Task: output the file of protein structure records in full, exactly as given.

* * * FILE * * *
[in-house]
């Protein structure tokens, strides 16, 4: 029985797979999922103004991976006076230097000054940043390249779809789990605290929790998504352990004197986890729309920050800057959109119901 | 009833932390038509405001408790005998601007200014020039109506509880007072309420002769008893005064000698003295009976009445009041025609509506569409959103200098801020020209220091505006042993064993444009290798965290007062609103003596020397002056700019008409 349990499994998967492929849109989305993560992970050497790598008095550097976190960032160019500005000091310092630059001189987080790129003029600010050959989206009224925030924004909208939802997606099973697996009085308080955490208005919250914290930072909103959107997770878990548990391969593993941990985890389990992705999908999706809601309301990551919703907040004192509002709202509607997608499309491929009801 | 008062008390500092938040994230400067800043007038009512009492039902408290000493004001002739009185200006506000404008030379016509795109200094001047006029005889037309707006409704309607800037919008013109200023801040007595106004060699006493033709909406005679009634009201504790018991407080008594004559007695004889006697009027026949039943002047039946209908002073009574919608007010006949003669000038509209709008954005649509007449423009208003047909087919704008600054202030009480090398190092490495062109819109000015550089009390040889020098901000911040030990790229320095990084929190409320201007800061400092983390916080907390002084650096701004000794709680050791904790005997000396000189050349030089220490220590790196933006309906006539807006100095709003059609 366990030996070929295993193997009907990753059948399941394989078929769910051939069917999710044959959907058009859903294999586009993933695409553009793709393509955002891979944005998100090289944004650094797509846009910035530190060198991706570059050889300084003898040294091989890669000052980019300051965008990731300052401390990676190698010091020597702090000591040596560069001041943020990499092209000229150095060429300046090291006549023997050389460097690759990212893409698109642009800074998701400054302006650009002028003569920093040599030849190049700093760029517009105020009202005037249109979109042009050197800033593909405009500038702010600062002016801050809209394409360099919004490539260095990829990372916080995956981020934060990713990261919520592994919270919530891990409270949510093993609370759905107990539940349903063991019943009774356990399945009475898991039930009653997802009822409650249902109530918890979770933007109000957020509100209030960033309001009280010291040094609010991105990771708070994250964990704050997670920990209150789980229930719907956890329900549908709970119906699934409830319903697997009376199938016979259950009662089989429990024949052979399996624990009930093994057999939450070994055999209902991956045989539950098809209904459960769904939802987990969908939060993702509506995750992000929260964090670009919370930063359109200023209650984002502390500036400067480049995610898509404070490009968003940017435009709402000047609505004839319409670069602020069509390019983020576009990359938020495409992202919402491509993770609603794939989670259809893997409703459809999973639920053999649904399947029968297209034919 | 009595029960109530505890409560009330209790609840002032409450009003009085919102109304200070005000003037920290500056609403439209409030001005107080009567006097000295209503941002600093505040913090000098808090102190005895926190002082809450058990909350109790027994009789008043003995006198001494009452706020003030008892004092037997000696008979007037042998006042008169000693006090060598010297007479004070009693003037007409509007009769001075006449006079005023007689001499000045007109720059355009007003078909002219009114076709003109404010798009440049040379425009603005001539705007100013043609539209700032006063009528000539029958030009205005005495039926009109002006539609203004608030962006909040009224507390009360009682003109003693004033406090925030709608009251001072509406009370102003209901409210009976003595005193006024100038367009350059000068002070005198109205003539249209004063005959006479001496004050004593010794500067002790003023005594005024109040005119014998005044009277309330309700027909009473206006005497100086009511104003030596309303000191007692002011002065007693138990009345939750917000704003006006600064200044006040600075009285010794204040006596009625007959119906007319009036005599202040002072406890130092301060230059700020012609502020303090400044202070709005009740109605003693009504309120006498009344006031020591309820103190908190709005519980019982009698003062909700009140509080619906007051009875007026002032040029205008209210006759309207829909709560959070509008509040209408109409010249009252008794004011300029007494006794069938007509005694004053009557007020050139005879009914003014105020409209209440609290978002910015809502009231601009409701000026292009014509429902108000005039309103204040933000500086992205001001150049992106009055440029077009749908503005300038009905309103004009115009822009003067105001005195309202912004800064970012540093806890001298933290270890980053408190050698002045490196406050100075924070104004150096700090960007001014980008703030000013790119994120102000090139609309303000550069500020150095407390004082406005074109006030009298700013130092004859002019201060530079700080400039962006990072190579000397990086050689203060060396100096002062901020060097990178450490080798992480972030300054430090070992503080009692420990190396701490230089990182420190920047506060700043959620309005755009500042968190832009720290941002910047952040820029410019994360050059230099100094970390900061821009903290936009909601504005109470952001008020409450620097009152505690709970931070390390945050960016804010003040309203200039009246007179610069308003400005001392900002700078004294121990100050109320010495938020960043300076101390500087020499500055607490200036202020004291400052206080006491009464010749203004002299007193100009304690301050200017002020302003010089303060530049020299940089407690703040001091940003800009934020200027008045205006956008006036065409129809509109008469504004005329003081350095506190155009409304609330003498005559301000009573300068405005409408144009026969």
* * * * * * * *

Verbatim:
[in-house]
């Protein structure tokens, strides 16, 4: 029985797979999922103004991976006076230097000054940043390249779809789990605290929790998504352990004197986890729309920050800057959109119901 | 009833932390038509405001408790005998601007200014020039109506509880007072309420002769008893005064000698003295009976009445009041025609509506569409959103200098801020020209220091505006042993064993444009290798965290007062609103003596020397002056700019008409 349990499994998967492929849109989305993560992970050497790598008095550097976190960032160019500005000091310092630059001189987080790129003029600010050959989206009224925030924004909208939802997606099973697996009085308080955490208005919250914290930072909103959107997770878990548990391969593993941990985890389990992705999908999706809601309301990551919703907040004192509002709202509607997608499309491929009801 | 008062008390500092938040994230400067800043007038009512009492039902408290000493004001002739009185200006506000404008030379016509795109200094001047006029005889037309707006409704309607800037919008013109200023801040007595106004060699006493033709909406005679009634009201504790018991407080008594004559007695004889006697009027026949039943002047039946209908002073009574919608007010006949003669000038509209709008954005649509007449423009208003047909087919704008600054202030009480090398190092490495062109819109000015550089009390040889020098901000911040030990790229320095990084929190409320201007800061400092983390916080907390002084650096701004000794709680050791904790005997000396000189050349030089220490220590790196933006309906006539807006100095709003059609 366990030996070929295993193997009907990753059948399941394989078929769910051939069917999710044959959907058009859903294999586009993933695409553009793709393509955002891979944005998100090289944004650094797509846009910035530190060198991706570059050889300084003898040294091989890669000052980019300051965008990731300052401390990676190698010091020597702090000591040596560069001041943020990499092209000229150095060429300046090291006549023997050389460097690759990212893409698109642009800074998701400054302006650009002028003569920093040599030849190049700093760029517009105020009202005037249109979109042009050197800033593909405009500038702010600062002016801050809209394409360099919004490539260095990829990372916080995956981020934060990713990261919520592994919270919530891990409270949510093993609370759905107990539940349903063991019943009774356990399945009475898991039930009653997802009822409650249902109530918890979770933007109000957020509100209030960033309001009280010291040094609010991105990771708070994250964990704050997670920990209150789980229930719907956890329900549908709970119906699934409830319903697997009376199938016979259950009662089989429990024949052979399996624990009930093994057999939450070994055999209902991956045989539950098809209904459960769904939802987990969908939060993702509506995750992000929260964090670009919370930063359109200023209650984002502390500036400067480049995610898509404070490009968003940017435009709402000047609505004839319409670069602020069509390019983020576009990359938020495409992202919402491509993770609603794939989670259809893997409703459809999973639920053999649904399947029968297209034919 | 009595029960109530505890409560009330209790609840002032409450009003009085919102109304200070005000003037920290500056609403439209409030001005107080009567006097000295209503941002600093505040913090000098808090102190005895926190002082809450058990909350109790027994009789008043003995006198001494009452706020003030008892004092037997000696008979007037042998006042008169000693006090060598010297007479004070009693003037007409509007009769001075006449006079005023007689001499000045007109720059355009007003078909002219009114076709003109404010798009440049040379425009603005001539705007100013043609539209700032006063009528000539029958030009205005005495039926009109002006539609203004608030962006909040009224507390009360009682003109003693004033406090925030709608009251001072509406009370102003209901409210009976003595005193006024100038367009350059000068002070005198109205003539249209004063005959006479001496004050004593010794500067002790003023005594005024109040005119014998005044009277309330309700027909009473206006005497100086009511104003030596309303000191007692002011002065007693138990009345939750917000704003006006600064200044006040600075009285010794204040006596009625007959119906007319009036005599202040002072406890130092301060230059700020012609502020303090400044202070709005009740109605003693009504309120006498009344006031020591309820103190908190709005519980019982009698003062909700009140509080619906007051009875007026002032040029205008209210006759309207829909709560959070509008509040209408109409010249009252008794004011300029007494006794069938007509005694004053009557007020050139005879009914003014105020409209209440609290978002910015809502009231601009409701000026292009014509429902108000005039309103204040933000500086992205001001150049992106009055440029077009749908503005300038009905309103004009115009822009003067105001005195309202912004800064970012540093806890001298933290270890980053408190050698002045490196406050100075924070104004150096700090960007001014980008703030000013790119994120102000090139609309303000550069500020150095407390004082406005074109006030009298700013130092004859002019201060530079700080400039962006990072190579000397990086050689203060060396100096002062901020060097990178450490080798992480972030300054430090070992503080009692420990190396701490230089990182420190920047506060700043959620309005755009500042968190832009720290941002910047952040820029410019994360050059230099100094970390900061821009903290936009909601504005109470952001008020409450620097009152505690709970931070390390945050960016804010003040309203200039009246007179610069308003400005001392900002700078004294121990100050109320010495938020960043300076101390500087020499500055607490200036202020004291400052206080006491009464010749203004002299007193100009304690301050200017002020302003010089303060530049020299940089407690703040001091940003800009934020200027008045205006956008006036065409129809509109008469504004005329003081350095506190155009409304609330003498005559301000009573300068405005409408144009026969």